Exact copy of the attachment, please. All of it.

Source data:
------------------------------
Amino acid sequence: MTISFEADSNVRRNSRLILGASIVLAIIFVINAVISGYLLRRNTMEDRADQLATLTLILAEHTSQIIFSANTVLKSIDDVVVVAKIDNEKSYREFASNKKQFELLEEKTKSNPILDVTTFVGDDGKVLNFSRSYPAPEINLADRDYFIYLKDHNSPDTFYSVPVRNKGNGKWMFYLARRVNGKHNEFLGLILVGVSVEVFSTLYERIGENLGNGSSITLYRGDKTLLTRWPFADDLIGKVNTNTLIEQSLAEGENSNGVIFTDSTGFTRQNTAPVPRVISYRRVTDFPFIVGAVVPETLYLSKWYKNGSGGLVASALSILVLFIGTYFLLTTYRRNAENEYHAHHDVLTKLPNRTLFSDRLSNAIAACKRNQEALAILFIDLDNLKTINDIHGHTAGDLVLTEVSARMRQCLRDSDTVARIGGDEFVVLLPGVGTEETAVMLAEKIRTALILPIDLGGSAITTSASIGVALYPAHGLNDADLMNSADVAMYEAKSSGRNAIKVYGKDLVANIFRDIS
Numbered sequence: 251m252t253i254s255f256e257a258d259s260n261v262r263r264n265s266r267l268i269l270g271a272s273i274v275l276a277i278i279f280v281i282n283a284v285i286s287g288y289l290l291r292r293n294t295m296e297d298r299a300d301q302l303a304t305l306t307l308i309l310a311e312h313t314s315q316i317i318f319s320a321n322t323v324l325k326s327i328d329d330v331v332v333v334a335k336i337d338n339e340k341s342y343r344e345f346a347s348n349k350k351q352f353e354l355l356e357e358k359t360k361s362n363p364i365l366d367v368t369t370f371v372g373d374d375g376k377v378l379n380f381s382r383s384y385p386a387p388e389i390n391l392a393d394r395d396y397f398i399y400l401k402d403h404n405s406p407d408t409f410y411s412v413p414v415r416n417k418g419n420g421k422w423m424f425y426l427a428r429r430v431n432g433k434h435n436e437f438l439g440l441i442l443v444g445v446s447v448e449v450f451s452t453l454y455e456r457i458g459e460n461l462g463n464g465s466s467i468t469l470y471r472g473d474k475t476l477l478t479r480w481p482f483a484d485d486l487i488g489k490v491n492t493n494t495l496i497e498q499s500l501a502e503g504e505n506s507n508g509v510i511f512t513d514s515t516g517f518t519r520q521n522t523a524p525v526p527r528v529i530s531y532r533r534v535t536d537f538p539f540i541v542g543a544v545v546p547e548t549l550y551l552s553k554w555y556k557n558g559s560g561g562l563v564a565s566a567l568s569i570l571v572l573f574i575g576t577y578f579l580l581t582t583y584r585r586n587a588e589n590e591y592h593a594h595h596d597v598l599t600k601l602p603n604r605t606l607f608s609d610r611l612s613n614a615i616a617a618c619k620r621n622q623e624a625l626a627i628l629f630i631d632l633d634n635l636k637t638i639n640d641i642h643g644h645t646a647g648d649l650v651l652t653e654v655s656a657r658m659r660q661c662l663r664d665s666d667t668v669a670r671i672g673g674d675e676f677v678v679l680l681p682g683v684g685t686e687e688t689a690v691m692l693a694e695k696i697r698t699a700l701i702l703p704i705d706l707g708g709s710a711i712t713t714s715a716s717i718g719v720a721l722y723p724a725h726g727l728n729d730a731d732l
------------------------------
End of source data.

Amino acid sequence: MTISFEADSNVRRNSRLILGASIVLAIIFVINAVISGYLLRRNTMEDRADQLATLTLILAEHTSQIIFSANTVLKSIDDVVVVAKIDNEKSYREFASNKKQFELLEEKTKSNPILDVTTFVGDDGKVLNFSRSYPAPEINLADRDYFIYLKDHNSPDTFYSVPVRNKGNGKWMFYLARRVNGKHNEFLGLILVGVSVEVFSTLYERIGENLGNGSSITLYRGDKTLLTRWPFADDLIGKVNTNTLIEQSLAEGENSNGVIFTDSTGFTRQNTAPVPRVISYRRVTDFPFIVGAVVPETLYLSKWYKNGSGGLVASALSILVLFIGTYFLLTTYRRNAENEYHAHHDVLTKLPNRTLFSDRLSNAIAACKRNQEALAILFIDLDNLKTINDIHGHTAGDLVLTEVSARMRQCLRDSDTVARIGGDEFVVLLPGVGTEETAVMLAEKIRTALILPIDLGGSAITTSASIGVALYPAHGLNDADLMNSADVAMYEAKSSGRNAIKVYGKDLVANIFRDIS
Numbered sequence: 251m252t253i254s255f256e257a258d259s260n261v262r263r264n265s266r267l268i269l270g271a272s273i274v275l276a277i278i279f280v281i282n283a284v285i286s287g288y289l290l291r292r293n294t295m296e297d298r299a300d301q302l303a304t305l306t307l308i309l310a311e312h313t314s315q316i317i318f319s320a321n322t323v324l325k326s327i328d329d330v331v332v333v334a335k336i337d338n339e340k341s342y343r344e345f346a347s348n349k350k351q352f353e354l355l356e357e358k359t360k361s362n363p364i365l366d367v368t369t370f371v372g373d374d375g376k377v378l379n380f381s382r383s384y385p386a387p388e389i390n391l392a393d394r395d396y397f398i399y400l401k402d403h404n405s406p407d408t409f410y411s412v413p414v415r416n417k418g419n420g421k422w423m424f425y426l427a428r429r430v431n432g433k434h435n436e437f438l439g440l441i442l443v444g445v446s447v448e449v450f451s452t453l454y455e456r457i458g459e460n461l462g463n464g465s466s467i468t469l470y471r472g473d474k475t476l477l478t479r480w481p482f483a484d485d486l487i488g489k490v491n492t493n494t495l496i497e498q499s500l501a502e503g504e505n506s507n508g509v510i511f512t513d514s515t516g517f518t519r520q521n522t523a524p525v526p527r528v529i530s531y532r533r534v535t536d537f538p539f540i541v542g543a544v545v546p547e548t549l550y551l552s553k554w555y556k557n558g559s560g561g562l563v564a565s566a567l568s569i570l571v572l573f574i575g576t577y578f579l580l581t582t583y584r585r586n587a588e589n590e591y592h593a594h595h596d597v598l599t600k601l602p603n604r605t606l607f608s609d610r611l612s613n614a615i616a617a618c619k620r621n622q623e624a625l626a627i628l629f630i631d632l633d634n635l636k637t638i639n640d641i642h643g644h645t646a647g648d649l650v651l652t653e654v655s656a657r658m659r660q661c662l663r664d665s666d667t668v669a670r671i672g673g674d675e676f677v678v679l680l681p682g683v684g685t686e687e688t689a690v691m692l693a694e695k696i697r698t699a700l701i702l703p704i705d706l707g708g709s710a711i712t713t714s715a716s717i718g719v720a721l722y723p724a725h726g727l728n729d730a731d732l